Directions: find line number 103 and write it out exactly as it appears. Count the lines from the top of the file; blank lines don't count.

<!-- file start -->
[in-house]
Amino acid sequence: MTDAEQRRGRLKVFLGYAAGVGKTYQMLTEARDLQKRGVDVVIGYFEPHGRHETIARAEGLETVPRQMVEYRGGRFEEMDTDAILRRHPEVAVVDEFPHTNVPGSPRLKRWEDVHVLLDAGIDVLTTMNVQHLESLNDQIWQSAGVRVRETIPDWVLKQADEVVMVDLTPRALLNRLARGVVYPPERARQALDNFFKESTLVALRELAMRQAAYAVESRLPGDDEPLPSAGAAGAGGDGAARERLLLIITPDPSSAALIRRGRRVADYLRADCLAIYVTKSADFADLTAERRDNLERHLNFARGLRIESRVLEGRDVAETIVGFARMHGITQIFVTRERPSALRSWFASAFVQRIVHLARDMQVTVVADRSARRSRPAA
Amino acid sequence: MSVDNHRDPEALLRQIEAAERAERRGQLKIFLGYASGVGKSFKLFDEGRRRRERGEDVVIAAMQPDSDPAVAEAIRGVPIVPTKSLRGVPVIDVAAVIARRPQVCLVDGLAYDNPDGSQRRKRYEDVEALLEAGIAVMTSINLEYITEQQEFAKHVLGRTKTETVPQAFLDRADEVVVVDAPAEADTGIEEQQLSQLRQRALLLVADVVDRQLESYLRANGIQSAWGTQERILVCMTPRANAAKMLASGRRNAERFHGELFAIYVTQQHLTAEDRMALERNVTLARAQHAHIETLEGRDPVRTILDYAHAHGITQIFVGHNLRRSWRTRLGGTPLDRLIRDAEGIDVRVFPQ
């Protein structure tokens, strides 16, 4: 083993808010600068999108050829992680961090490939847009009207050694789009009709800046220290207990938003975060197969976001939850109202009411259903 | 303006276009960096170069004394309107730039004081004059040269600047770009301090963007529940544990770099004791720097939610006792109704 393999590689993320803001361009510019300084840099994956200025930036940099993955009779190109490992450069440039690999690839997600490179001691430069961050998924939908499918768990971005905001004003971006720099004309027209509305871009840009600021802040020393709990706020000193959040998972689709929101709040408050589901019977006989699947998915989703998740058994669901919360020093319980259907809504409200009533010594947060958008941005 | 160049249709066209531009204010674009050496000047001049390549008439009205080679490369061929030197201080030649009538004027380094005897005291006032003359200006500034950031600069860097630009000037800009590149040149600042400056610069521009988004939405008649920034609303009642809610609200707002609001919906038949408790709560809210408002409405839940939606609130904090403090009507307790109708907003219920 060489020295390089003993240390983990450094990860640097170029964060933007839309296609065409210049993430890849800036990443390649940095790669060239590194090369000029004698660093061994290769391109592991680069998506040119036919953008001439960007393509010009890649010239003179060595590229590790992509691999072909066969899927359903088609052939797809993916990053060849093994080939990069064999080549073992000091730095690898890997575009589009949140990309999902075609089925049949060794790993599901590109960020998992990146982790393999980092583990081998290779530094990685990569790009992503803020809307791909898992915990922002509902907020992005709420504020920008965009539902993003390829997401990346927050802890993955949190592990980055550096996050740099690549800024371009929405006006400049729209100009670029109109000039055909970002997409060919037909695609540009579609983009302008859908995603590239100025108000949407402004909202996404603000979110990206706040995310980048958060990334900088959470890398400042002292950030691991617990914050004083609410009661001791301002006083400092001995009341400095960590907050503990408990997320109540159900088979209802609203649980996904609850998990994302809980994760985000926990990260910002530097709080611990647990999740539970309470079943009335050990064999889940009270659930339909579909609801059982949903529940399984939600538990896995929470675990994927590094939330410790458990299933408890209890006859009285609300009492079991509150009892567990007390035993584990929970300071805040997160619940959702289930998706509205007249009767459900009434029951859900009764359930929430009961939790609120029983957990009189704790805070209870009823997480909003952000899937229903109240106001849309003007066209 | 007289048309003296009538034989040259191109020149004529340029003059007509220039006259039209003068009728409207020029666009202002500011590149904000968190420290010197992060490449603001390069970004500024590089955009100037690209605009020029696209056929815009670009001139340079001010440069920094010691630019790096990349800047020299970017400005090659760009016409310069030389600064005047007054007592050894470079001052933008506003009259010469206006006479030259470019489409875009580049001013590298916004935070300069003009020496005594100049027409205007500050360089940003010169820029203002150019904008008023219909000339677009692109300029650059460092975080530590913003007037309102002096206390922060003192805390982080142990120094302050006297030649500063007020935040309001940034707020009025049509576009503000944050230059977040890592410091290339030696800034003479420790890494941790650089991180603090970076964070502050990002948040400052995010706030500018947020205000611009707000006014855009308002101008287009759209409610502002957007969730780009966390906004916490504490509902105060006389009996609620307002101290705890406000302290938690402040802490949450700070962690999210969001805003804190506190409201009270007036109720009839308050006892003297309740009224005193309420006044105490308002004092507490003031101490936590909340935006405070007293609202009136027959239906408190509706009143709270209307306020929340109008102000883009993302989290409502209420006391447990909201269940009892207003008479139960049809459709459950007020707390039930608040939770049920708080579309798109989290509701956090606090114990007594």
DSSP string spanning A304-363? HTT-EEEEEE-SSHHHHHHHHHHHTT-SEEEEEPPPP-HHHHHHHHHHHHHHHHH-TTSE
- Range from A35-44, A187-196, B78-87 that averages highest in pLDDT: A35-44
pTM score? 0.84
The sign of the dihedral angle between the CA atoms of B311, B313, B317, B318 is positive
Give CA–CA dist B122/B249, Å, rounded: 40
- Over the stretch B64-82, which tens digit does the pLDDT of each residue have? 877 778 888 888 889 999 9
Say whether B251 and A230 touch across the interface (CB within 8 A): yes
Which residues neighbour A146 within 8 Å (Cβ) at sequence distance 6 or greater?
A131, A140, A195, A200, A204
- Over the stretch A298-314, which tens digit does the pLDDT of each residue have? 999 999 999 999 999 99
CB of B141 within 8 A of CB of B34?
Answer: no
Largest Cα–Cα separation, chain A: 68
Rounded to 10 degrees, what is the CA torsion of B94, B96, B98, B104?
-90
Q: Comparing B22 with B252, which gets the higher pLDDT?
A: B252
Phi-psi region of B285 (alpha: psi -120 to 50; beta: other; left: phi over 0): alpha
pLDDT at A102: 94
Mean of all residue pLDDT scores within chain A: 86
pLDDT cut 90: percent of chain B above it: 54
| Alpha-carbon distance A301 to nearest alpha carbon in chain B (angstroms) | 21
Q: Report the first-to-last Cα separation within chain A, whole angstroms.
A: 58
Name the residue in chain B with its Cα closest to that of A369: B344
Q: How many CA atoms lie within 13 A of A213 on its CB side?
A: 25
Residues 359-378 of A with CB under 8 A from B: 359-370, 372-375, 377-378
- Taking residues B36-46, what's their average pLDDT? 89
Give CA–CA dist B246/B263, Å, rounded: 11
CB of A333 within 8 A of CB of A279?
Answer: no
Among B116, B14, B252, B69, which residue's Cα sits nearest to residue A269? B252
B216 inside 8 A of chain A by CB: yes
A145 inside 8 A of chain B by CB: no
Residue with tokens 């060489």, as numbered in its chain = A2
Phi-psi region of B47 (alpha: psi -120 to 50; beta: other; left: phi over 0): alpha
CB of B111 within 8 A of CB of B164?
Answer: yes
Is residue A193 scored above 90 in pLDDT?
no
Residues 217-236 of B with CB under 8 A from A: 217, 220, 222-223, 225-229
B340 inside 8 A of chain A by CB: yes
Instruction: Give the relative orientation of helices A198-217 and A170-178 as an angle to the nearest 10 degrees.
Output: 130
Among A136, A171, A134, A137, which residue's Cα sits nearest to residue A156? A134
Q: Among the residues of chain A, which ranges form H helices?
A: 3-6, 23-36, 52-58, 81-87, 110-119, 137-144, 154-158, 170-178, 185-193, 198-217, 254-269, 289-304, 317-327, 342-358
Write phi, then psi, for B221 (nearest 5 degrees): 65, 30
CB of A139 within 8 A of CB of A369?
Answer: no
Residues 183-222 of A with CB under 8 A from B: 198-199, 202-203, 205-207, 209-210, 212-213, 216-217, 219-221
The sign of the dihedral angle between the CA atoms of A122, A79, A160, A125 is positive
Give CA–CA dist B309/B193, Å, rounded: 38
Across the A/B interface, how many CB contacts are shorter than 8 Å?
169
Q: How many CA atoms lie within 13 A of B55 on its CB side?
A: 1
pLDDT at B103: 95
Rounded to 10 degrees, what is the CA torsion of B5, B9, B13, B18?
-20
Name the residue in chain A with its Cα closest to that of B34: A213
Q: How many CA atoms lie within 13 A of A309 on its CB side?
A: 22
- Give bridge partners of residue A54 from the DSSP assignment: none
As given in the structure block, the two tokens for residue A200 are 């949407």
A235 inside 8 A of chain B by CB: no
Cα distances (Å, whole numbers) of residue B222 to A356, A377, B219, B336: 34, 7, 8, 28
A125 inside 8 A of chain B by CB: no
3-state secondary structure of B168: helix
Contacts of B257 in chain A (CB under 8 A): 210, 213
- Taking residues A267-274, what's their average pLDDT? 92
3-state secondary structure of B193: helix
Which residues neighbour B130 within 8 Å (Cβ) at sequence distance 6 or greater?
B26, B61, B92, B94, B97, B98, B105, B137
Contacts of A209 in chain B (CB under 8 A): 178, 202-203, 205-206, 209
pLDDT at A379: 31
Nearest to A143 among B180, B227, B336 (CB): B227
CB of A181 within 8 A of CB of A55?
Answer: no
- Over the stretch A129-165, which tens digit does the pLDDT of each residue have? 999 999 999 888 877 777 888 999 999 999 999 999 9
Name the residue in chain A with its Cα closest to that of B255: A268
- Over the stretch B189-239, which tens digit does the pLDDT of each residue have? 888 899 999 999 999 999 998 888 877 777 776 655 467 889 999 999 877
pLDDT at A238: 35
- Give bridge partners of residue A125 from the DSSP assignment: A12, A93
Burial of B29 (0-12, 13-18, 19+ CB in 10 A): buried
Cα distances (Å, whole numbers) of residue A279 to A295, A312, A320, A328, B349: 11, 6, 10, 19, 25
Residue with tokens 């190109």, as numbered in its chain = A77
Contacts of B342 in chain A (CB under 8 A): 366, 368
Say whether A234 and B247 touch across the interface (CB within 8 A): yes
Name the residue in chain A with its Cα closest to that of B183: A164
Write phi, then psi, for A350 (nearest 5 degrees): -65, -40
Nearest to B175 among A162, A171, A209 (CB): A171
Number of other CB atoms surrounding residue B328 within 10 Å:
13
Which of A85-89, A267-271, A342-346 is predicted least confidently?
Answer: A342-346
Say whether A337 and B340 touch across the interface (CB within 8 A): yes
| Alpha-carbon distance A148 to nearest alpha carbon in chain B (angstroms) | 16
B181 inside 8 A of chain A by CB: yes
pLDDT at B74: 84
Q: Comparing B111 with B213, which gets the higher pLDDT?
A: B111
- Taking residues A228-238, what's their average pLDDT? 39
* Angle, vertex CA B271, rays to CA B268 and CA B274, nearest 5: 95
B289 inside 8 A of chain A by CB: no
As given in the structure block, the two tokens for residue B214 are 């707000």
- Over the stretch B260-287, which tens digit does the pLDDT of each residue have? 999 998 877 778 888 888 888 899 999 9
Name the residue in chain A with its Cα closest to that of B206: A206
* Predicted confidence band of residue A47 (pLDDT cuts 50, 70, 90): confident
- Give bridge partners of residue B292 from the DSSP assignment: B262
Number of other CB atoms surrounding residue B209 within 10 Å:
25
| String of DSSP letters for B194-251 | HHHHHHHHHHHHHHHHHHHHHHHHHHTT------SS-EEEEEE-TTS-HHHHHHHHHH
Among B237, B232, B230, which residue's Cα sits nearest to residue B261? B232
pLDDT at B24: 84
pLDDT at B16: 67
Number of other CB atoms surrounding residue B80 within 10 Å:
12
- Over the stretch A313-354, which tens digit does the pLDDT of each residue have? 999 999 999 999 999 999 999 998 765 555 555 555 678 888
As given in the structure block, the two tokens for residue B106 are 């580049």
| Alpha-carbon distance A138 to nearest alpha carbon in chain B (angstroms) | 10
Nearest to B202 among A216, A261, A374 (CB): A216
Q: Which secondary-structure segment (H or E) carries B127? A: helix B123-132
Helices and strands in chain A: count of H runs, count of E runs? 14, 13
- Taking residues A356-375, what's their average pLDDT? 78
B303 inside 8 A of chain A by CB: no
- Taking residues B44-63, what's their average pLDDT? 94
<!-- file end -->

| Alpha-carbon distance A148 to nearest alpha carbon in chain B (angstroms) | 16